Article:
Medical ID theft
7 Healthcast: Medical ID theft
An $800 bill from the city of Dallas, and another for $200 from her insurance company. Charges for an ambulance ride Sandra never took.
She tried to clear up the charges.
"They kept asking me what's my address and I said, 'Well, what address did you pick her up from?' and they gave it to me and I said, 'I don't even know where that is,'" Cummings said.
She was a victim of medical identity theft- a crime where thieves undergo medical procedures or services in your name. Sometimes using no more personal information than your home address.
"There's also the problem that the medical records belonging to the imposter now becoming commingled with the victims information," said identity theft expert Linda Foley.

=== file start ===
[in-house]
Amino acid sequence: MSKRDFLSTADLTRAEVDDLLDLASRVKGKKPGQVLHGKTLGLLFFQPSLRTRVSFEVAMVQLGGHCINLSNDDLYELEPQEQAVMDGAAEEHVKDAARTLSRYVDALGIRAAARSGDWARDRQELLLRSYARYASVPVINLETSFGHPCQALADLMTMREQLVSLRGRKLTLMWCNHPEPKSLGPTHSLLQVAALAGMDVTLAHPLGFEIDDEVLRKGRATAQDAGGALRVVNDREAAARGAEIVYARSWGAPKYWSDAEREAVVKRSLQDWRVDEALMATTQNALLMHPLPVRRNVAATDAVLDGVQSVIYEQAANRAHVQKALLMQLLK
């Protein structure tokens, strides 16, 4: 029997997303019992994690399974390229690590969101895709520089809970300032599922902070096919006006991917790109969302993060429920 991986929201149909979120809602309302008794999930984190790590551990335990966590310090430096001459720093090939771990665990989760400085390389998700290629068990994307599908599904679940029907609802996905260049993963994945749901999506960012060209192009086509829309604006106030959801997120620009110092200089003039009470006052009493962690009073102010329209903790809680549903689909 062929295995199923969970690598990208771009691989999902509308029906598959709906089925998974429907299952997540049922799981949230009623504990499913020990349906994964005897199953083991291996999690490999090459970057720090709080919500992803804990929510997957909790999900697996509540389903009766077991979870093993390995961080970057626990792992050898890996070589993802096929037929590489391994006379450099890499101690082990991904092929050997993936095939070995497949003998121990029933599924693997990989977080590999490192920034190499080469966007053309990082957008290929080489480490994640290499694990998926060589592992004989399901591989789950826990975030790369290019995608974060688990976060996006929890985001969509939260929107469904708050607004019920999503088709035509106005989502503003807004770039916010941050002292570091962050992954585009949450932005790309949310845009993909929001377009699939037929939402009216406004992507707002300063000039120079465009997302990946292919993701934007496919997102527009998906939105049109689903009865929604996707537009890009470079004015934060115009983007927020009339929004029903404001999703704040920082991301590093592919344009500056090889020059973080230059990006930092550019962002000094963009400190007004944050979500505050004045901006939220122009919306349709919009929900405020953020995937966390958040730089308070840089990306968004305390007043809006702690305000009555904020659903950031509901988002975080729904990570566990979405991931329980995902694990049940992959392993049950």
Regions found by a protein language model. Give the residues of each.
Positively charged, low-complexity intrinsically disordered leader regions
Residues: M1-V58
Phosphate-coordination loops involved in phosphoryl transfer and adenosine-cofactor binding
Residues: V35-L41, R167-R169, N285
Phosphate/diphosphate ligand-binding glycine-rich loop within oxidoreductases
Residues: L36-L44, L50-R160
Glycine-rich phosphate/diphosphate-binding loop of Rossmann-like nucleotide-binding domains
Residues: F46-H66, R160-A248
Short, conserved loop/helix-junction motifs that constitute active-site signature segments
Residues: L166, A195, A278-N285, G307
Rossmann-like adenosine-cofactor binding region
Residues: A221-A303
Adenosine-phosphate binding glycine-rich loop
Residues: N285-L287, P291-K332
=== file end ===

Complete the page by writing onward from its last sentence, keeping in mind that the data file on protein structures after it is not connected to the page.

One recommendation- ask all of your healthcare providers to ask for a second form of ID.
"This should be a corporate policy that really does need to be instigated in every medical facility across the country," Foley said.
Sounds easy enough, but hospitals say it's much more complicated in the emergency room.
"In the ER we are vulnerable because we do have to treat all patients whether we can validate their identity or not," said Elaine Anderson of Texas Health Resources.
To protect yourself, experts suggest checking your medical records for false entries and immediately follow up on any suspicious bills you receive from doctors or insurance companies.(Copyright 2008 Sunbeam Television. All Rights Reserved. This material may not be published, broadcast, rewritten, or redistributed.)